Steve Chapman

How many innocent Syrians should we be willing to kill to send a message? Since Barack Obama feels the need to make a point about chemical weapons and sees verbal options as inadequate, that's the question we confront. But it's hard to think of a number that is easy to justify.

Killing civilians is an inevitable part of war. But wars are usually fought for big, vital purposes: to assure a nation's survival, protect its independence or eliminate some horrible evil. The attack Obama apparently has in mind for Syria, however, is something short of full-scale war, and it lacks a tangible objective.

He is expected to send cruise missiles against military units and installations. The idea is not to blow up Syria's chemical weapons, which could rain toxins on the local population. The idea is to prevent their use by raising the cost to President Bashar al-Assad.

Another motive is to confirm the credibility of Obama, who had vowed to retaliate if the regime used chemical weapons. This demonstration is supposed to impress not only Syria, but Iran, as it considers whether the U.S. would use force to keep it from getting nukes.

The anticipated strikes, we are told, will be strictly limited. Obama is not trying to topple the regime, enable the rebels to win or force Assad to negotiate. His aims are more abstract: enforcing accountability and promoting deterrence.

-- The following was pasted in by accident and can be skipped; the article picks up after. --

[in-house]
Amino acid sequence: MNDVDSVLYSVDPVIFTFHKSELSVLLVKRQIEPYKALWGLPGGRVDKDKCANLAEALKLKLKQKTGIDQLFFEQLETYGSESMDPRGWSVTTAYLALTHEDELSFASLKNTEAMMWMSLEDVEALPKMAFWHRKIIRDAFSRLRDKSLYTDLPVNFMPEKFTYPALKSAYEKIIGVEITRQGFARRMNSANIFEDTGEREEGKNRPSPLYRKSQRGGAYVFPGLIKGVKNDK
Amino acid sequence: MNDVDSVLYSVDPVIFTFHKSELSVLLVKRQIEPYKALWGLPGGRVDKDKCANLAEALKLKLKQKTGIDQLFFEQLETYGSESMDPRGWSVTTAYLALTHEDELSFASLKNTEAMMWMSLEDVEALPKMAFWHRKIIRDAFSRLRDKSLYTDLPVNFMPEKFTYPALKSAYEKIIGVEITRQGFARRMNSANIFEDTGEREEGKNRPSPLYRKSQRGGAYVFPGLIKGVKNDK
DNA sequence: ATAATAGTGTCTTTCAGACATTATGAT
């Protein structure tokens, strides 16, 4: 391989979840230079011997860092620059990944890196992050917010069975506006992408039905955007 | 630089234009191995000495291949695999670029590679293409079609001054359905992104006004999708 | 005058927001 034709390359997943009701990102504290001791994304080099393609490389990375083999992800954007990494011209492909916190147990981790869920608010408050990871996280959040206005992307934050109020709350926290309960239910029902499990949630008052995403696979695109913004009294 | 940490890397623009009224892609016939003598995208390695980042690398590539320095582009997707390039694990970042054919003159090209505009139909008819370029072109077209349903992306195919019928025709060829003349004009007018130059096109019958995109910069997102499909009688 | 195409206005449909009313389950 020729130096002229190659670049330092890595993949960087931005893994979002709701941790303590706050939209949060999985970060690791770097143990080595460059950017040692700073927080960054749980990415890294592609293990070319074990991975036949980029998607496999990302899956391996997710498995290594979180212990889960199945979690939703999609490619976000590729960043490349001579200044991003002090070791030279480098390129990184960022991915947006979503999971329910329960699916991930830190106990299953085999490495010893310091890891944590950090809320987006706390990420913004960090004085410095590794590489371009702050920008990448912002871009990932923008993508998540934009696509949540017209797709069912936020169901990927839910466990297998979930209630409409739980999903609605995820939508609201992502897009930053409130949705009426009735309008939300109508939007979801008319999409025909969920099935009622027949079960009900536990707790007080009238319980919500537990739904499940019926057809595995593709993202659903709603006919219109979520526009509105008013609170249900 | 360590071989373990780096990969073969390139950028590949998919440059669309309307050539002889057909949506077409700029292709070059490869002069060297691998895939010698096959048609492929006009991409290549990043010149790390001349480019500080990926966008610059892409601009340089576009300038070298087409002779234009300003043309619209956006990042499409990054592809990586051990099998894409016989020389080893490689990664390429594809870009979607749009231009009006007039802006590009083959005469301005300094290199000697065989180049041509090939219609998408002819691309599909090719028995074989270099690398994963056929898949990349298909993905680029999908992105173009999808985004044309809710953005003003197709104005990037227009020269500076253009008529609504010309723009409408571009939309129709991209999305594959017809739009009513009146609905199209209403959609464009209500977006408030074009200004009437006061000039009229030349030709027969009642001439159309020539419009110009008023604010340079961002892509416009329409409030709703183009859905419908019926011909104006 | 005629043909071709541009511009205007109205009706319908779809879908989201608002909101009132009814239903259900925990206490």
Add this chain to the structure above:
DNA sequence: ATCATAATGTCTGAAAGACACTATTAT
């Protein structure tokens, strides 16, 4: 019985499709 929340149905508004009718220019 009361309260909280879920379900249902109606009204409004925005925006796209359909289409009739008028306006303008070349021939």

But the attack may well achieve neither. Assad could absorb the blow, decide he can take what the U.S. is willing to dish out and use these agents again. Or he could revert to conventional methods of slaughter, which have been adequate to kill more than 100,000 Syrians.

If Assad does not respond as hoped, Obama will face an unhappy choice: admit failure or take bigger, riskier actions to get his way. Having upheld his credibility, he may be forced to uphold it again. Credibility, you see, is highly perishable.

It's also not readily transferable. For Obama to follow through on his threats in Syria doesn't guarantee he'll follow through elsewhere.

Kori Schake, a national security analyst at Stanford's Hoover Institution, scoffs at the notion that hitting Syria will deter Iran. "I certainly don't believe cruise missile strikes will achieve that, because it would take a sustained military campaign to destroy Iran's nuclear programs, and the president keeps conveying -- in Iraq, in Afghanistan, in Libya and in Syria -- that he isn't willing to fight one," she told me.


Steve Chapman

Steve Chapman is a columnist and editorial writer for the Chicago Tribune.
 

 
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